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MOSCOW, Aug 24 (Reuters) - Russia's largest gold producer Polyus (PLZL.MM) issued bonds denominated in the Chinese yuan worth 4.6 billion yuan ($670 million), it said on Wednesday, becoming the second Russian company to borrow in yuan within a month.
Demand for the yuan in Russia has increased since Feb. 24 when Russia sent tens of thousands of troops into Ukraine and the West imposed sweeping sanctions against Moscow, limiting its access to the dollar and euro markets.
Polyus, the world's fourth-largest gold mining company by production volumes, said it issued five-year bonds with a coupon rate of 3.8%, planning to use proceeds from the issue for general corporate purposes and investment projects.
The initial coupon guidance was no more than 4.2% per annum, while the guidance for volume was no less than 3.5 billion yuan, said Olga Sterina, an analyst at Sberbank CIB.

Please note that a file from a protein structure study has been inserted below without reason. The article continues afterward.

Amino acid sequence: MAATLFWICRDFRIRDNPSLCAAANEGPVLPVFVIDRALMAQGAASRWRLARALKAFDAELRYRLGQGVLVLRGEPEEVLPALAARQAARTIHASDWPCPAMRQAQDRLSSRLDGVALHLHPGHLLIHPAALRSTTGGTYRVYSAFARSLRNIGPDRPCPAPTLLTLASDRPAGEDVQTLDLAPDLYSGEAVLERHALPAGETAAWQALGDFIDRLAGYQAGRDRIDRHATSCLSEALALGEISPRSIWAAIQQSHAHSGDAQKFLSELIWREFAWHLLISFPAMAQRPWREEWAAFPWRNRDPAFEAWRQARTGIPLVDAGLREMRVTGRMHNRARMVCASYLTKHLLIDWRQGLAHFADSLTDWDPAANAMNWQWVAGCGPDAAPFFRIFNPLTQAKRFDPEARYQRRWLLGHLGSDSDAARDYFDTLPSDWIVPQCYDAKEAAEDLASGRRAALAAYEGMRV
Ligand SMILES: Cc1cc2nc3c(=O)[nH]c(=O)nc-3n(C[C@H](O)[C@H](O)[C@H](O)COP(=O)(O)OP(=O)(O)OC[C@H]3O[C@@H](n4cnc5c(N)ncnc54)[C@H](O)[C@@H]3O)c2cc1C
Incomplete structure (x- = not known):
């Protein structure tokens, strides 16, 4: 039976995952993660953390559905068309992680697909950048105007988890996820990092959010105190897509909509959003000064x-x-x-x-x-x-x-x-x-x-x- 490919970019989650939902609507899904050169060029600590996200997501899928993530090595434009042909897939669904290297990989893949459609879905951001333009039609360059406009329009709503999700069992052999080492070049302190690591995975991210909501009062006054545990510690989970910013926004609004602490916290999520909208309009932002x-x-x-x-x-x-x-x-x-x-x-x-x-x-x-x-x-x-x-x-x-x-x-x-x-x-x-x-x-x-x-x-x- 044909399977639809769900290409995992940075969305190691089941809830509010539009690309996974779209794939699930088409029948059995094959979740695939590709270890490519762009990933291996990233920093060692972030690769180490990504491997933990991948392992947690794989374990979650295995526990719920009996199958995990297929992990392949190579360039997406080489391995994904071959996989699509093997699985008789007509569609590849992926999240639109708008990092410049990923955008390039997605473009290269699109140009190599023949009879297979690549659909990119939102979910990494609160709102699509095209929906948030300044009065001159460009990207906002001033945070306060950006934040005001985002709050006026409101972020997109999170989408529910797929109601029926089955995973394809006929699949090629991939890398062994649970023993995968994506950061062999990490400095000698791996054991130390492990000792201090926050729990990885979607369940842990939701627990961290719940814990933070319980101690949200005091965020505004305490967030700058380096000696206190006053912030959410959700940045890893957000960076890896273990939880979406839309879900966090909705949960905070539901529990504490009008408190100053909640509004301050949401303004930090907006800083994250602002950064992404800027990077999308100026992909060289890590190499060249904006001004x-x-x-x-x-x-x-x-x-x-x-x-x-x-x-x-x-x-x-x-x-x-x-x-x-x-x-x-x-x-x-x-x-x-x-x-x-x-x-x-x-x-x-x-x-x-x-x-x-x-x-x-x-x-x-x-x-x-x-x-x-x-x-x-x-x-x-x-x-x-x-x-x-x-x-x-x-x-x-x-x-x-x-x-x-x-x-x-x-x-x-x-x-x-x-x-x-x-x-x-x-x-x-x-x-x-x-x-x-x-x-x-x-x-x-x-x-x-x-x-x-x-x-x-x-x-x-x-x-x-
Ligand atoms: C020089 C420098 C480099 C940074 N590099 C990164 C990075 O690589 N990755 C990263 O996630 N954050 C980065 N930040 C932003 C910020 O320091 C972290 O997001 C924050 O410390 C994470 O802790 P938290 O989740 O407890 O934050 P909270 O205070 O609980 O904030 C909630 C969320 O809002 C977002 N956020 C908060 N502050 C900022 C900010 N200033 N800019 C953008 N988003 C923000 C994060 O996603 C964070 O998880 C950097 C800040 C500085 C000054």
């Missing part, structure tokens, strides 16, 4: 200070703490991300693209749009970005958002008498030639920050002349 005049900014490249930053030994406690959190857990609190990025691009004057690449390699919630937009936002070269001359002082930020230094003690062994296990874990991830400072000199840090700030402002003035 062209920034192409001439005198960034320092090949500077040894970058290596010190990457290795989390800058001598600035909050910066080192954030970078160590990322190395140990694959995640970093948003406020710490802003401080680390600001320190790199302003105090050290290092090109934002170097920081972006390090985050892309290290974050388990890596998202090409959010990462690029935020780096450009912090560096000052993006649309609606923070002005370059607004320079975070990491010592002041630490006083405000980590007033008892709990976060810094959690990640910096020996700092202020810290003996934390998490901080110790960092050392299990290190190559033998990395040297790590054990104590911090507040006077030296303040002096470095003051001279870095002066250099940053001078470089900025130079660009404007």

"The offering drew a great deal of interest from investors. Going forward, we expect the number of Russian companies borrowing in yuan in the local market to increase," Sterina said.
The move comes weeks after Russian aluminium producer Rusal (RUAL.MM) tapped the yuan bond market on the Moscow Exchange, which started trading bonds in the Chinese currency to lure Asian investors.
Russia has charged up to third place on a list of countries outside mainland China using the yuan for global payments, highlighting how it is being affected by sanctions, according to the global financial messaging firm SWIFT. read more
"Yuan instruments are a great alternative to the dollar. We have a positive view on the outlook for the yuan. Its liquidity is expected to increase, international convertibility will improve and sanctions risks will remain limited," BCS Express analysts said.
The Russian finance ministry is also looking into borrowing in yuan, Vedomosti daily reported, citing sources. The ministry has for years been saying it was considering issuing yuan-denominated bonds.
The finance ministry plans to resume domestic borrowing via OFZ treasury bonds in September and plans to boost borrowing in 2023 as inflation and the central bank's key rate decline.
($1 = 6.8666 Chinese yuan renminbi)
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